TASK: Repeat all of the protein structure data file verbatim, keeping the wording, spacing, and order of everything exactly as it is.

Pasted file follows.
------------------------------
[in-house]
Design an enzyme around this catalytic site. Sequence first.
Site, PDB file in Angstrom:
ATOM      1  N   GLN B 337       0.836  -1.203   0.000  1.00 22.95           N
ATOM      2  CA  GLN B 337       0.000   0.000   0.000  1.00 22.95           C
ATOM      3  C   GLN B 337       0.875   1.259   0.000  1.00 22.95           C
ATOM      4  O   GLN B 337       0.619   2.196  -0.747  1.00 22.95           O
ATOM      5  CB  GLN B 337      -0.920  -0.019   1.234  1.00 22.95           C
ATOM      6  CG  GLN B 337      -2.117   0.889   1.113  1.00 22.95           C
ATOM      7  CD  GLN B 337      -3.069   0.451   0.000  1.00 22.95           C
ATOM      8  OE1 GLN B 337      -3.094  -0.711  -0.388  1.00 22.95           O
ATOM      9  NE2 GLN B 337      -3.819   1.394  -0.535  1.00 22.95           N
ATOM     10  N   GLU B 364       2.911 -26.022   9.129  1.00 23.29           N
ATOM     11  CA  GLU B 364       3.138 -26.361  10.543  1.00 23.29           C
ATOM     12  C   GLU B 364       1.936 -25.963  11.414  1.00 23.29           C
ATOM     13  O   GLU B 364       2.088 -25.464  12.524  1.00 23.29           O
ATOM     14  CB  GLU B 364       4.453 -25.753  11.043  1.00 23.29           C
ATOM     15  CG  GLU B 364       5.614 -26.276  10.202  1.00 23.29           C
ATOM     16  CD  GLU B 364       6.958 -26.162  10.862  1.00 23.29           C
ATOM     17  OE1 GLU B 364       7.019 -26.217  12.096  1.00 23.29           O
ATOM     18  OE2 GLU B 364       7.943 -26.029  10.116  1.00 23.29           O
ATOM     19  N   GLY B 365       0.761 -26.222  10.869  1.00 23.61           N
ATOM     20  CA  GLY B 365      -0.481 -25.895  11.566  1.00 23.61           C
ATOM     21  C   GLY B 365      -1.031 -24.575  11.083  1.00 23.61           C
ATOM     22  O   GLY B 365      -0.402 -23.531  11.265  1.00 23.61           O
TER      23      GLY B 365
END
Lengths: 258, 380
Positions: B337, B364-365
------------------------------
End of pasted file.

[in-house]
Design an enzyme around this catalytic site. Sequence first.
Site, PDB file in Angstrom:
ATOM      1  N   GLN B 337       0.836  -1.203   0.000  1.00 22.95           N
ATOM      2  CA  GLN B 337       0.000   0.000   0.000  1.00 22.95           C
ATOM      3  C   GLN B 337       0.875   1.259   0.000  1.00 22.95           C
ATOM      4  O   GLN B 337       0.619   2.196  -0.747  1.00 22.95           O
ATOM      5  CB  GLN B 337      -0.920  -0.019   1.234  1.00 22.95           C
ATOM      6  CG  GLN B 337      -2.117   0.889   1.113  1.00 22.95           C
ATOM      7  CD  GLN B 337      -3.069   0.451   0.000  1.00 22.95           C
ATOM      8  OE1 GLN B 337      -3.094  -0.711  -0.388  1.00 22.95           O
ATOM      9  NE2 GLN B 337      -3.819   1.394  -0.535  1.00 22.95           N
ATOM     10  N   GLU B 364       2.911 -26.022   9.129  1.00 23.29           N
ATOM     11  CA  GLU B 364       3.138 -26.361  10.543  1.00 23.29           C
ATOM     12  C   GLU B 364       1.936 -25.963  11.414  1.00 23.29           C
ATOM     13  O   GLU B 364       2.088 -25.464  12.524  1.00 23.29           O
ATOM     14  CB  GLU B 364       4.453 -25.753  11.043  1.00 23.29           C
ATOM     15  CG  GLU B 364       5.614 -26.276  10.202  1.00 23.29           C
ATOM     16  CD  GLU B 364       6.958 -26.162  10.862  1.00 23.29           C
ATOM     17  OE1 GLU B 364       7.019 -26.217  12.096  1.00 23.29           O
ATOM     18  OE2 GLU B 364       7.943 -26.029  10.116  1.00 23.29           O
ATOM     19  N   GLY B 365       0.761 -26.222  10.869  1.00 23.61           N
ATOM     20  CA  GLY B 365      -0.481 -25.895  11.566  1.00 23.61           C
ATOM     21  C   GLY B 365      -1.031 -24.575  11.083  1.00 23.61           C
ATOM     22  O   GLY B 365      -0.402 -23.531  11.265  1.00 23.61           O
TER      23      GLY B 365
END
Lengths: 258, 380
Positions: B337, B364-365